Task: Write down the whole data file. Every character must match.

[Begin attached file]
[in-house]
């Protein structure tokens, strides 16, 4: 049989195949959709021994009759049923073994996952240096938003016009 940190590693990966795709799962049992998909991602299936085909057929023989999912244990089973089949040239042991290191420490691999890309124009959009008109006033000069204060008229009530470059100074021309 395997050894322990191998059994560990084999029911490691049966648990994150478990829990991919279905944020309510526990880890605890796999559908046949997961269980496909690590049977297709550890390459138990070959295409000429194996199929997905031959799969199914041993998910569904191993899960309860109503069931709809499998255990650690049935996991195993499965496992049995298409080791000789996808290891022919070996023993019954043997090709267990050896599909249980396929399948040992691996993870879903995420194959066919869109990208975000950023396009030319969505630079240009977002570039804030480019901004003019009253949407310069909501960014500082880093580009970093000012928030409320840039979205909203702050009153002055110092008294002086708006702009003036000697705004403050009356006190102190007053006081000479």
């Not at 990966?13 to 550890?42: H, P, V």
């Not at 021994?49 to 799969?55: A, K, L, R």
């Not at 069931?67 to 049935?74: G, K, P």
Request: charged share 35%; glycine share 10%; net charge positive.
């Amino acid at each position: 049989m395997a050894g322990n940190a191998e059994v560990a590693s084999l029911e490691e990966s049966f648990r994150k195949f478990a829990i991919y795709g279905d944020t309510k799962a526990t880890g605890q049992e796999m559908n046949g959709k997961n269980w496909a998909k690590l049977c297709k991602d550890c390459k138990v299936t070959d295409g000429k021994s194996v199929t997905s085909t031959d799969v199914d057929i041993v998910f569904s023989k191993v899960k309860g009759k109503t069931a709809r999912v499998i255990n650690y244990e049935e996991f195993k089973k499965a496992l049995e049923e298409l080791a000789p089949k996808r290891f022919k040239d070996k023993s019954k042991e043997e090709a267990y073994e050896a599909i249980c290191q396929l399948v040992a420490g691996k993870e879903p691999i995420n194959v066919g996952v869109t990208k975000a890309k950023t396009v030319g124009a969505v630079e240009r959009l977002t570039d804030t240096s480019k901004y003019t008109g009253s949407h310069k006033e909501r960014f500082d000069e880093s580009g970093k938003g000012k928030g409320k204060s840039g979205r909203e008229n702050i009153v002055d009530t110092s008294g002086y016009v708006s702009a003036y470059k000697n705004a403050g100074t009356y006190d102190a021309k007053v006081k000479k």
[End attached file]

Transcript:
[in-house]
């Protein structure tokens, strides 16, 4: 049989195949959709021994009759049923073994996952240096938003016009 940190590693990966795709799962049992998909991602299936085909057929023989999912244990089973089949040239042991290191420490691999890309124009959009008109006033000069204060008229009530470059100074021309 395997050894322990191998059994560990084999029911490691049966648990994150478990829990991919279905944020309510526990880890605890796999559908046949997961269980496909690590049977297709550890390459138990070959295409000429194996199929997905031959799969199914041993998910569904191993899960309860109503069931709809499998255990650690049935996991195993499965496992049995298409080791000789996808290891022919070996023993019954043997090709267990050896599909249980396929399948040992691996993870879903995420194959066919869109990208975000950023396009030319969505630079240009977002570039804030480019901004003019009253949407310069909501960014500082880093580009970093000012928030409320840039979205909203702050009153002055110092008294002086708006702009003036000697705004403050009356006190102190007053006081000479």
């Not at 990966?13 to 550890?42: H, P, V």
């Not at 021994?49 to 799969?55: A, K, L, R």
């Not at 069931?67 to 049935?74: G, K, P």
Request: charged share 35%; glycine share 10%; net charge positive.
């Amino acid at each position: 049989m395997a050894g322990n940190a191998e059994v560990a590693s084999l029911e490691e990966s049966f648990r994150k195949f478990a829990i991919y795709g279905d944020t309510k799962a526990t880890g605890q049992e796999m559908n046949g959709k997961n269980w496909a998909k690590l049977c297709k991602d550890c390459k138990v299936t070959d295409g000429k021994s194996v199929t997905s085909t031959d799969v199914d057929i041993v998910f569904s023989k191993v899960k309860g009759k109503t069931a709809r999912v499998i255990n650690y244990e049935e996991f195993k089973k499965a496992l049995e049923e298409l080791a000789p089949k996808r290891f022919k040239d070996k023993s019954k042991e043997e090709a267990y073994e050896a599909i249980c290191q396929l399948v040992a420490g691996k993870e879903p691999i995420n194959v066919g996952v869109t990208k975000a890309k950023t396009v030319g124009a969505v630079e240009r959009l977002t570039d804030t240096s480019k901004y003019t008109g009253s949407h310069k006033e909501r960014f500082d000069e880093s580009g970093k938003g000012k928030g409320k204060s840039g979205r909203e008229n702050i009153v002055d009530t110092s008294g002086y016009v708006s702009a003036y470059k000697n705004a403050g100074t009356y006190d102190a021309k007053v006081k000479k």